Feedback from the successful pilot reflected the incredible buzz in the room from all the participants.
The best course I have been on. I was provided with so much clinical knowledge and understanding that no course has provided before.
Both PrePITstop programmes join PITstop as RCGP accredited courses. The assessor panel continue to be impressed with the quality of the resources submitted, describing the courses as excellent quality, with no changes required. The 1-day and 3-day PrePITstop courses are proving to be popular, as they both incorporate key STP requirements, including the three targets (HbA1c < 58mmol/mol, cholesterol < 5mg/dL, blood pressure < 140/80mm/Hg), increased attendance to structured patient education and active participation in the diabetes foot care pathway by primary care teams.
The 1-day course is great for GPs who are not necessarily the diabetes lead in their practice but want a good diabetes update on most aspects other than injectables. As one GP in East Kent emailed:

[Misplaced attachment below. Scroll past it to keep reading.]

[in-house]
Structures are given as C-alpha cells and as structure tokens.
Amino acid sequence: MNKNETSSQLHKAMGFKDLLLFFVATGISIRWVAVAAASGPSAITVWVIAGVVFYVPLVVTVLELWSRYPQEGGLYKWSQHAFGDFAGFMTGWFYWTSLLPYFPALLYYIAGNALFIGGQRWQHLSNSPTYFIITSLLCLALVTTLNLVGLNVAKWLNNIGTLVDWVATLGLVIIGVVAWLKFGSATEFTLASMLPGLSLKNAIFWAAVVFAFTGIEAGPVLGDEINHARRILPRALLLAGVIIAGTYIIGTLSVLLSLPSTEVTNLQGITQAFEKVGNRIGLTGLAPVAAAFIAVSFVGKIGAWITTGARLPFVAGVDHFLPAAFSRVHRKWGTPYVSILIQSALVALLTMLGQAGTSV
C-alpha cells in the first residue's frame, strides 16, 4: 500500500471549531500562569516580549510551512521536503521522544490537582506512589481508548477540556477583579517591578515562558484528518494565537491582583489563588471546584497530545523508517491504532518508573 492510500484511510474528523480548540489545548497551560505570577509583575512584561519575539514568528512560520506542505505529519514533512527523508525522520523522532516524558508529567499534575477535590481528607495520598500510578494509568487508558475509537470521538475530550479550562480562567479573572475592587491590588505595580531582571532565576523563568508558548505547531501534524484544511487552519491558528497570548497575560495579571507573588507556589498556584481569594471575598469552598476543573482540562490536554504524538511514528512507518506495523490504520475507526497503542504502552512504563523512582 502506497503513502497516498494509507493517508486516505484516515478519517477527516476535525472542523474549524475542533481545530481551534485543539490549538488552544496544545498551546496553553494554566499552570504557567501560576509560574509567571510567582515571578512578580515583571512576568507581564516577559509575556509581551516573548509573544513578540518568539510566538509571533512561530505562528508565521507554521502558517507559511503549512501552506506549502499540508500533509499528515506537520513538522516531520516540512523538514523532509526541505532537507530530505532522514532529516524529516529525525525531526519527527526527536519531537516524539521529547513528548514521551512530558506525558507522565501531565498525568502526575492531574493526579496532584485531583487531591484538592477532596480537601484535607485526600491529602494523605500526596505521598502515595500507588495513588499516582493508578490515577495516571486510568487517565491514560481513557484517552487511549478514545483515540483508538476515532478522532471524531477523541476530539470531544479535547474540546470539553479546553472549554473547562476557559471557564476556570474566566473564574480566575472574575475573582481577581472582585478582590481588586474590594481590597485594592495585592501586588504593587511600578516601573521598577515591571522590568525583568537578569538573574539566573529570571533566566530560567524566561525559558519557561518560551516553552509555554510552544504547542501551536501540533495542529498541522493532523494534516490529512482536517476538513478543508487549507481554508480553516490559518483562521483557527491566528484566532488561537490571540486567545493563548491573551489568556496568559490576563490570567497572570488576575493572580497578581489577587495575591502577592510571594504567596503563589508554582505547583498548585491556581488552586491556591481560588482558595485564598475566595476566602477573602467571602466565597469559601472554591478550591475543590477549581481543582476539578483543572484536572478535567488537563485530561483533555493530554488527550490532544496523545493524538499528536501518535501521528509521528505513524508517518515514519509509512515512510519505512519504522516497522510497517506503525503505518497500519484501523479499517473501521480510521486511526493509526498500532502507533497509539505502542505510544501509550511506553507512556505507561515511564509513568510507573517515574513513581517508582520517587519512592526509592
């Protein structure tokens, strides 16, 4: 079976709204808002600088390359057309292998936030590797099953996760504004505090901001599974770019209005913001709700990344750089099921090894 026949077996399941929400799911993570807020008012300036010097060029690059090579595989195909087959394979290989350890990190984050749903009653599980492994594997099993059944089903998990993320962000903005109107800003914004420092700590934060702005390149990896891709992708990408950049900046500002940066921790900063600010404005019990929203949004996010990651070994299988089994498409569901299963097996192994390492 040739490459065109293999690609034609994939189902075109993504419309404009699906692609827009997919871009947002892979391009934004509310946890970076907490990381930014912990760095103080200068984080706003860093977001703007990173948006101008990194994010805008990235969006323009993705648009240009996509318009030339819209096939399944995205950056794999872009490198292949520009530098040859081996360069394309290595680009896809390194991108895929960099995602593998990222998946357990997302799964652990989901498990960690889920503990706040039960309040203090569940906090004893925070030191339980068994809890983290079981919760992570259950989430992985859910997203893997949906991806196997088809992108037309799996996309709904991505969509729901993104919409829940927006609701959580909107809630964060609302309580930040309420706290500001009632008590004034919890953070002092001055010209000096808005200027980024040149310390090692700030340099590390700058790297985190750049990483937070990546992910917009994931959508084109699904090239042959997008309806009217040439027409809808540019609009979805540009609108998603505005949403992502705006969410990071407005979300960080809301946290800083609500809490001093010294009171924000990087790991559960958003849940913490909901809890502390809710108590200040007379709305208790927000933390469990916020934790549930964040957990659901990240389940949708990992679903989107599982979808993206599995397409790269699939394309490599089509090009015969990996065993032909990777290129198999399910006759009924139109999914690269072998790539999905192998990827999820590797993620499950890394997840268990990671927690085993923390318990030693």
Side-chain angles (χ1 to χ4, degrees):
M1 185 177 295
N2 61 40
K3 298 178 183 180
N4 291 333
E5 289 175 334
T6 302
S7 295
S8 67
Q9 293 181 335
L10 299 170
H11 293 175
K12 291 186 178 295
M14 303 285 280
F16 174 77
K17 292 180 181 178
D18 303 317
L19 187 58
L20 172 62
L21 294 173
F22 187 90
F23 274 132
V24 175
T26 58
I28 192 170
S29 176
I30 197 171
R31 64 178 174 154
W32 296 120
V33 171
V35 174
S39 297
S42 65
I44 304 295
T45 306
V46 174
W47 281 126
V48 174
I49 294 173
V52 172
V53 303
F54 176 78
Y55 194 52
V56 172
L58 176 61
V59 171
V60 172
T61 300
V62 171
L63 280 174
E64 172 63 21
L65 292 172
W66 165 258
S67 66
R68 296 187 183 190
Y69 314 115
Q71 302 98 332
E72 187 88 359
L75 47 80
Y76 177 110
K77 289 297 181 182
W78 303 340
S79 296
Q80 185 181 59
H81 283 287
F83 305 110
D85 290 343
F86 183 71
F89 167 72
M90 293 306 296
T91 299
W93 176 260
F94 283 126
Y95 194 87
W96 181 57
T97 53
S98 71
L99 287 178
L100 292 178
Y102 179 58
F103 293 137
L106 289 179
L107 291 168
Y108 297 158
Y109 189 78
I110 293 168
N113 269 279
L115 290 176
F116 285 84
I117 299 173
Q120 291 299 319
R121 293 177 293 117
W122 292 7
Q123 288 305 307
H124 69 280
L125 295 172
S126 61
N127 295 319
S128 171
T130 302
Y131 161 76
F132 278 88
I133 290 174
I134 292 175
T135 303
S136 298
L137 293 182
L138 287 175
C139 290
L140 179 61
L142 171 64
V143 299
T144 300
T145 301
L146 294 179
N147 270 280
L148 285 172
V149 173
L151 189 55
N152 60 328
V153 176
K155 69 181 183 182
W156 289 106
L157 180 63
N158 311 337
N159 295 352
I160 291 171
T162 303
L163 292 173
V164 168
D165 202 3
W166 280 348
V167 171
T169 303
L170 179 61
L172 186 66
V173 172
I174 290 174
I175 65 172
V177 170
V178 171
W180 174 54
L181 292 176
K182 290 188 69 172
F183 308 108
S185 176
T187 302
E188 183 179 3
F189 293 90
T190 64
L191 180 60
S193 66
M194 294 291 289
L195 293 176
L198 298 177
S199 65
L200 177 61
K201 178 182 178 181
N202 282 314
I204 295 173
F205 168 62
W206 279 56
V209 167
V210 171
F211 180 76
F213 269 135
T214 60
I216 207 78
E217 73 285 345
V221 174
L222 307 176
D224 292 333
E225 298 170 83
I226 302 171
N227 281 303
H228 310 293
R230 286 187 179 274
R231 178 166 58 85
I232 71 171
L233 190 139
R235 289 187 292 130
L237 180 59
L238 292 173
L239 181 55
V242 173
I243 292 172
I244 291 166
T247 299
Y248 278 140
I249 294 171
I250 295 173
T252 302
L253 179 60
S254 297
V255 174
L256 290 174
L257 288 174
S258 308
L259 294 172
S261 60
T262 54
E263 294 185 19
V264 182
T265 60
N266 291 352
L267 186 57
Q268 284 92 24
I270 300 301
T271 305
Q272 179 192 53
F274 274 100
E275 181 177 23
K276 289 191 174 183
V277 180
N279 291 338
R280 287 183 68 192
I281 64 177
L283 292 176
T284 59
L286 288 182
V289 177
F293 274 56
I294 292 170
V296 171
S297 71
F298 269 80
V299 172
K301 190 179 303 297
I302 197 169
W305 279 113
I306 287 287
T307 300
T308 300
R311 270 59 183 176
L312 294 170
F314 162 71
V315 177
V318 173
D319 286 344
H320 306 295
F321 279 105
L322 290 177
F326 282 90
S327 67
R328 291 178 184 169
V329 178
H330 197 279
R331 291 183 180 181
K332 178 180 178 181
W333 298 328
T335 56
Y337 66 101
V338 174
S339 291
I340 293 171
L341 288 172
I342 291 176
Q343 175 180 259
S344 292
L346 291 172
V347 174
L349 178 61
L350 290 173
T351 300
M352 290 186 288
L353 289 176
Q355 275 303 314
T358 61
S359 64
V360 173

I have read on your website that you offer a 1 day pre-PITSTOP intensive course.
Insulin is one of the top five high-risk medications worldwide. This two-page handout links to the key documents and www.diabetesonthenet.com 'Six steps to insulin safety' e-learning module. All healthcare professionals supporting people on insulin must keep up-to-date with insulin safety advice.
The new partners prioritised diabetes as one of the first long-term conditions to tackle. They sourced and attended PITstop in 2015, then returned with a plan of action involving audit and proactive follow-up, combined with a goal for 75% of the practice clinical workforce to attend diabetes training in 2016. Hillingdon Clinical Commissioning Group were keen to support the training initiative and a variety of training was marketed and delivered, including a 3-day PrePITstop and 1-day key message PrePITstop, a PITstop course and two half-day introduction to PITstop workshops for clinicians who already held a qualification in enhanced diabetes service delivery.